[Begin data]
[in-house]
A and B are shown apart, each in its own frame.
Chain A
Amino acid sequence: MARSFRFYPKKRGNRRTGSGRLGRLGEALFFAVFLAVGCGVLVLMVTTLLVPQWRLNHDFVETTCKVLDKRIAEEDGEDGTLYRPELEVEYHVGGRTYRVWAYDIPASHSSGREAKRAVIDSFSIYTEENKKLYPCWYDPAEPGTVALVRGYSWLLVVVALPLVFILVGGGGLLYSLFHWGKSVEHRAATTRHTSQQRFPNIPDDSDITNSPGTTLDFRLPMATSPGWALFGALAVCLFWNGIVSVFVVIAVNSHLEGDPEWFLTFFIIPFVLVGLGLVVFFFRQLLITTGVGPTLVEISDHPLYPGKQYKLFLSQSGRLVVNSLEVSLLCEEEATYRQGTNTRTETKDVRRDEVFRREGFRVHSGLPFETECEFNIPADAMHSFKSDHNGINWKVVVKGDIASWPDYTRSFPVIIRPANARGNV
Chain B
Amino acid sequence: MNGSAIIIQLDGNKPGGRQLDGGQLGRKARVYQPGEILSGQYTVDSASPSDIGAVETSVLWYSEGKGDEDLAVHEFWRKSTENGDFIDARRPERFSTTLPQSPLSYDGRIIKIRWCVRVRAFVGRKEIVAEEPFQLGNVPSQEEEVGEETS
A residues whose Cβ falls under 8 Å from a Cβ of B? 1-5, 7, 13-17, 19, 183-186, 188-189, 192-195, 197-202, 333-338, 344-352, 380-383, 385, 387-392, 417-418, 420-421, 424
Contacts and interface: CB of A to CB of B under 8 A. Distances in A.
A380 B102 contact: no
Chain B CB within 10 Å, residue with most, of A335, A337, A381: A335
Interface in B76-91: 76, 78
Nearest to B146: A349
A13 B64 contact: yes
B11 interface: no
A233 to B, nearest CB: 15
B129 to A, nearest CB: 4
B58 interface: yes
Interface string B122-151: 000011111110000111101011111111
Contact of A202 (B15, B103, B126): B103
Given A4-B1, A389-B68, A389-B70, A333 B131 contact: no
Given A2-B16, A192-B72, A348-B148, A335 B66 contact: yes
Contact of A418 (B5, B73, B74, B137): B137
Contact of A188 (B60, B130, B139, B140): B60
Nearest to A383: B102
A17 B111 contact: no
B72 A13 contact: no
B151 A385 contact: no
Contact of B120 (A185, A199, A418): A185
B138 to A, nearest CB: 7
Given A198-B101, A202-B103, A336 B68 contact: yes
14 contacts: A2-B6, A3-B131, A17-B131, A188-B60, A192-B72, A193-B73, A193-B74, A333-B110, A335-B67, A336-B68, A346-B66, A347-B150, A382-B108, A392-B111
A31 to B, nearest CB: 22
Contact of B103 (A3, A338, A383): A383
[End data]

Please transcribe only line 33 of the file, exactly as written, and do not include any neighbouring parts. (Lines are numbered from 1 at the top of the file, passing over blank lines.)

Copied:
Contact of B103 (A3, A338, A383): A383